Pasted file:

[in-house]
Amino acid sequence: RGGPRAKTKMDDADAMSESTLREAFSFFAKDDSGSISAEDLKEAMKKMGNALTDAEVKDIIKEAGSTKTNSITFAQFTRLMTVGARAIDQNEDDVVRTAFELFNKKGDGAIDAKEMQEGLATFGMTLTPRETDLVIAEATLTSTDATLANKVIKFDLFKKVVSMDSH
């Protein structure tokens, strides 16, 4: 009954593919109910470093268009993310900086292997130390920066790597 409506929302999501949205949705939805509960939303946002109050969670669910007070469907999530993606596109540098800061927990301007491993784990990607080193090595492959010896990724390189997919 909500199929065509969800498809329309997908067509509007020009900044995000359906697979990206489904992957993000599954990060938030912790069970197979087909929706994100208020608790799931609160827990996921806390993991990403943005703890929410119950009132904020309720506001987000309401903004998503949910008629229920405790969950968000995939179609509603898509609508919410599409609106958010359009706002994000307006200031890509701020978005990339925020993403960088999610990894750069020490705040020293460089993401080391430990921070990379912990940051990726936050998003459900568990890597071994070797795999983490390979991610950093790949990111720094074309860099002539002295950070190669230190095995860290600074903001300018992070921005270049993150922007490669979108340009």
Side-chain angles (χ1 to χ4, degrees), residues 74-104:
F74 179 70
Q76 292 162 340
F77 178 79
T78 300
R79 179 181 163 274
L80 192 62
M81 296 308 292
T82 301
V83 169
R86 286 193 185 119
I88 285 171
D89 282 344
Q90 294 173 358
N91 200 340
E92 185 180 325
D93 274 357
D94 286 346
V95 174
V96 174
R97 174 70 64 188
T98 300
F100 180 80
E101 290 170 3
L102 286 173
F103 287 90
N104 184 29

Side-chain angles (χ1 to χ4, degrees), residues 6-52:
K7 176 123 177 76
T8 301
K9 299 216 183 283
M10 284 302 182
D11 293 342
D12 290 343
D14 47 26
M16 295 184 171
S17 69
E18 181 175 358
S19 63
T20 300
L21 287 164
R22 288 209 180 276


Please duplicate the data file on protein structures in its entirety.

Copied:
[in-house]
Amino acid sequence: RGGPRAKTKMDDADAMSESTLREAFSFFAKDDSGSISAEDLKEAMKKMGNALTDAEVKDIIKEAGSTKTNSITFAQFTRLMTVGARAIDQNEDDVVRTAFELFNKKGDGAIDAKEMQEGLATFGMTLTPRETDLVIAEATLTSTDATLANKVIKFDLFKKVVSMDSH
């Protein structure tokens, strides 16, 4: 009954593919109910470093268009993310900086292997130390920066790597 409506929302999501949205949705939805509960939303946002109050969670669910007070469907999530993606596109540098800061927990301007491993784990990607080193090595492959010896990724390189997919 909500199929065509969800498809329309997908067509509007020009900044995000359906697979990206489904992957993000599954990060938030912790069970197979087909929706994100208020608790799931609160827990996921806390993991990403943005703890929410119950009132904020309720506001987000309401903004998503949910008629229920405790969950968000995939179609509603898509609508919410599409609106958010359009706002994000307006200031890509701020978005990339925020993403960088999610990894750069020490705040020293460089993401080391430990921070990379912990940051990726936050998003459900568990890597071994070797795999983490390979991610950093790949990111720094074309860099002539002295950070190669230190095995860290600074903001300018992070921005270049993150922007490669979108340009």
Side-chain angles (χ1 to χ4, degrees), residues 74-104:
F74 179 70
Q76 292 162 340
F77 178 79
T78 300
R79 179 181 163 274
L80 192 62
M81 296 308 292
T82 301
V83 169
R86 286 193 185 119
I88 285 171
D89 282 344
Q90 294 173 358
N91 200 340
E92 185 180 325
D93 274 357
D94 286 346
V95 174
V96 174
R97 174 70 64 188
T98 300
F100 180 80
E101 290 170 3
L102 286 173
F103 287 90
N104 184 29

Side-chain angles (χ1 to χ4, degrees), residues 6-52:
K7 176 123 177 76
T8 301
K9 299 216 183 283
M10 284 302 182
D11 293 342
D12 290 343
D14 47 26
M16 295 184 171
S17 69
E18 181 175 358
S19 63
T20 300
L21 287 164
R22 288 209 180 276